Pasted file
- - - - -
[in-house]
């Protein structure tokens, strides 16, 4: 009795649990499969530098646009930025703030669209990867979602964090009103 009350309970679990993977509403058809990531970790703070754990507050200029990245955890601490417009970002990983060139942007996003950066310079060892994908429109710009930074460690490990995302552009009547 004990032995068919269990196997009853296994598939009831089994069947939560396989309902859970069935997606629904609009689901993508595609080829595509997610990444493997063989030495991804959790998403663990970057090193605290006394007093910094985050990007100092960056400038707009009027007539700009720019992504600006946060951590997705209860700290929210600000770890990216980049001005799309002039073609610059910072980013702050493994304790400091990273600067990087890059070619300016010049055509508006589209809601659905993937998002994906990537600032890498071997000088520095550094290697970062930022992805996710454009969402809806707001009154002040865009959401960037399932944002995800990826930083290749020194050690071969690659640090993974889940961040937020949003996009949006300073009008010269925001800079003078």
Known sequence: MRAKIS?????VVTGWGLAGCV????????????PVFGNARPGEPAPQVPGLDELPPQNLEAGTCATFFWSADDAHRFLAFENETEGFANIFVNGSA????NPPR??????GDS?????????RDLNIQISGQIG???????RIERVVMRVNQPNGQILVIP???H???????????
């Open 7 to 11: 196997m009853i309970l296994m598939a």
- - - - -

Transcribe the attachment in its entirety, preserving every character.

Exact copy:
[in-house]
């Protein structure tokens, strides 16, 4: 009795649990499969530098646009930025703030669209990867979602964090009103 009350309970679990993977509403058809990531970790703070754990507050200029990245955890601490417009970002990983060139942007996003950066310079060892994908429109710009930074460690490990995302552009009547 004990032995068919269990196997009853296994598939009831089994069947939560396989309902859970069935997606629904609009689901993508595609080829595509997610990444493997063989030495991804959790998403663990970057090193605290006394007093910094985050990007100092960056400038707009009027007539700009720019992504600006946060951590997705209860700290929210600000770890990216980049001005799309002039073609610059910072980013702050493994304790400091990273600067990087890059070619300016010049055509508006589209809601659905993937998002994906990537600032890498071997000088520095550094290697970062930022992805996710454009969402809806707001009154002040865009959401960037399932944002995800990826930083290749020194050690071969690659640090993974889940961040937020949003996009949006300073009008010269925001800079003078």
Known sequence: MRAKIS?????VVTGWGLAGCV????????????PVFGNARPGEPAPQVPGLDELPPQNLEAGTCATFFWSADDAHRFLAFENETEGFANIFVNGSA????NPPR??????GDS?????????RDLNIQISGQIG???????RIERVVMRVNQPNGQILVIP???H???????????
């Open 7 to 11: 196997m009853i309970l296994m598939a």